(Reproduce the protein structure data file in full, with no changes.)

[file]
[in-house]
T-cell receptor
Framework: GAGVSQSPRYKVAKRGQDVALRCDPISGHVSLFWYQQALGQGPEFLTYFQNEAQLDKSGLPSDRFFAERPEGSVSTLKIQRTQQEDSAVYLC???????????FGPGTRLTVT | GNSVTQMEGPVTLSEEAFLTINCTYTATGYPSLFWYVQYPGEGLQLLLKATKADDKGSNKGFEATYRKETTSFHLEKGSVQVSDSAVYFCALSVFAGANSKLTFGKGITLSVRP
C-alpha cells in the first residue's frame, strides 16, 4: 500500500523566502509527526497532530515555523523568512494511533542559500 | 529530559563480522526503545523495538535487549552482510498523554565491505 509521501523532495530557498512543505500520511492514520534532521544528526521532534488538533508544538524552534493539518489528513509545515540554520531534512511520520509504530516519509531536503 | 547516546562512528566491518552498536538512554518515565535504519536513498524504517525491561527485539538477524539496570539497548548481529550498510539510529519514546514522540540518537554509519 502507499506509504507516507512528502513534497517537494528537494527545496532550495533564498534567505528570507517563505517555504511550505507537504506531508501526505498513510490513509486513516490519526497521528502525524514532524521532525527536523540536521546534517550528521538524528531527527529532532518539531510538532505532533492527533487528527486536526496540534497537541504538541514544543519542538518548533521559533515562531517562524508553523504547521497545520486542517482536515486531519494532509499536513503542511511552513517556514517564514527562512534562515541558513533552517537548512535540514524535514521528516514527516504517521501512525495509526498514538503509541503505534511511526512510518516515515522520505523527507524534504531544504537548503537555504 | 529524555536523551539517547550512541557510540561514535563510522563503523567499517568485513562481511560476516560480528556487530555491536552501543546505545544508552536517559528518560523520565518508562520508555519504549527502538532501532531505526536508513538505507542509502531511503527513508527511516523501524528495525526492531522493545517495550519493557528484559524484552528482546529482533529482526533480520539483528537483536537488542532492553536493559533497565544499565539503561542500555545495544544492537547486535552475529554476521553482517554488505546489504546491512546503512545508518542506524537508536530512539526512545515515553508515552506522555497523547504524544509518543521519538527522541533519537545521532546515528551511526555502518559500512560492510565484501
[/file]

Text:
[in-house]
T-cell receptor
Framework: GAGVSQSPRYKVAKRGQDVALRCDPISGHVSLFWYQQALGQGPEFLTYFQNEAQLDKSGLPSDRFFAERPEGSVSTLKIQRTQQEDSAVYLC???????????FGPGTRLTVT | GNSVTQMEGPVTLSEEAFLTINCTYTATGYPSLFWYVQYPGEGLQLLLKATKADDKGSNKGFEATYRKETTSFHLEKGSVQVSDSAVYFCALSVFAGANSKLTFGKGITLSVRP
C-alpha cells in the first residue's frame, strides 16, 4: 500500500523566502509527526497532530515555523523568512494511533542559500 | 529530559563480522526503545523495538535487549552482510498523554565491505 509521501523532495530557498512543505500520511492514520534532521544528526521532534488538533508544538524552534493539518489528513509545515540554520531534512511520520509504530516519509531536503 | 547516546562512528566491518552498536538512554518515565535504519536513498524504517525491561527485539538477524539496570539497548548481529550498510539510529519514546514522540540518537554509519 502507499506509504507516507512528502513534497517537494528537494527545496532550495533564498534567505528570507517563505517555504511550505507537504506531508501526505498513510490513509486513516490519526497521528502525524514532524521532525527536523540536521546534517550528521538524528531527527529532532518539531510538532505532533492527533487528527486536526496540534497537541504538541514544543519542538518548533521559533515562531517562524508553523504547521497545520486542517482536515486531519494532509499536513503542511511552513517556514517564514527562512534562515541558513533552517537548512535540514524535514521528516514527516504517521501512525495509526498514538503509541503505534511511526512510518516515515522520505523527507524534504531544504537548503537555504 | 529524555536523551539517547550512541557510540561514535563510522563503523567499517568485513562481511560476516560480528556487530555491536552501543546505545544508552536517559528518560523520565518508562520508555519504549527502538532501532531505526536508513538505507542509502531511503527513508527511516523501524528495525526492531522493545517495550519493557528484559524484552528482546529482533529482526533480520539483528537483536537488542532492553536493559533497565544499565539503561542500555545495544544492537547486535552475529554476521553482517554488505546489504546491512546503512545508518542506524537508536530512539526512545515515553508515552506522555497523547504524544509518543521519538527522541533519537545521532546515528551511526555502518559500512560492510565484501